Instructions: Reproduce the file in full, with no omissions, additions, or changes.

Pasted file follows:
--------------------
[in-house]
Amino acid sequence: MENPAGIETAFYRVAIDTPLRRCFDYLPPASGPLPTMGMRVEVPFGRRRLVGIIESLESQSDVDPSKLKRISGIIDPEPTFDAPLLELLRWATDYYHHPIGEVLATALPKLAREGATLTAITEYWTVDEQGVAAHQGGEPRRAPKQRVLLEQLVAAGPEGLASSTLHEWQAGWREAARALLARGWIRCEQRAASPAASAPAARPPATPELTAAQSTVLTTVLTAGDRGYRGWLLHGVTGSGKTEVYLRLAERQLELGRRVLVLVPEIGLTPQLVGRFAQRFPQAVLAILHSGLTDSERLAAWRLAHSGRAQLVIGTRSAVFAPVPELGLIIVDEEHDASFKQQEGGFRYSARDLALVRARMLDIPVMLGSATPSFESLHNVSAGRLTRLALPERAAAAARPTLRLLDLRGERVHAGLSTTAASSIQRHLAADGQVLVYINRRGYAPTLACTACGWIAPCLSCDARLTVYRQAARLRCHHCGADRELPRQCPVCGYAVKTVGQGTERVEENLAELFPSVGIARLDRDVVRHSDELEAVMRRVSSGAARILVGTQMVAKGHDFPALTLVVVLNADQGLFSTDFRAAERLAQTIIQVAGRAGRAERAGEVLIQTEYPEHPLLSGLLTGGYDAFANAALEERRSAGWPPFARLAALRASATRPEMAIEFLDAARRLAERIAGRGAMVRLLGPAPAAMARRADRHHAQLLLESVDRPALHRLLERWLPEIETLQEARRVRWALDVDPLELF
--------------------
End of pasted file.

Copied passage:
[in-house]
Amino acid sequence: MENPAGIETAFYRVAIDTPLRRCFDYLPPASGPLPTMGMRVEVPFGRRRLVGIIESLESQSDVDPSKLKRISGIIDPEPTFDAPLLELLRWATDYYHHPIGEVLATALPKLAREGATLTAITEYWTVDEQGVAAHQGGEPRRAPKQRVLLEQLVAAGPEGLASSTLHEWQAGWREAARALLARGWIRCEQRAASPAASAPAARPPATPELTAAQSTVLTTVLTAGDRGYRGWLLHGVTGSGKTEVYLRLAERQLELGRRVLVLVPEIGLTPQLVGRFAQRFPQAVLAILHSGLTDSERLAAWRLAHSGRAQLVIGTRSAVFAPVPELGLIIVDEEHDASFKQQEGGFRYSARDLALVRARMLDIPVMLGSATPSFESLHNVSAGRLTRLALPERAAAAARPTLRLLDLRGERVHAGLSTTAASSIQRHLAADGQVLVYINRRGYAPTLACTACGWIAPCLSCDARLTVYRQAARLRCHHCGADRELPRQCPVCGYAVKTVGQGTERVEENLAELFPSVGIARLDRDVVRHSDELEAVMRRVSSGAARILVGTQMVAKGHDFPALTLVVVLNADQGLFSTDFRAAERLAQTIIQVAGRAGRAERAGEVLIQTEYPEHPLLSGLLTGGYDAFANAALEERRSAGWPPFARLAALRASATRPEMAIEFLDAARRLAERIAGRGAMVRLLGPAPAAMARRADRHHAQLLLESVDRPALHRLLERWLPEIETLQEARRVRWALDVDPLELF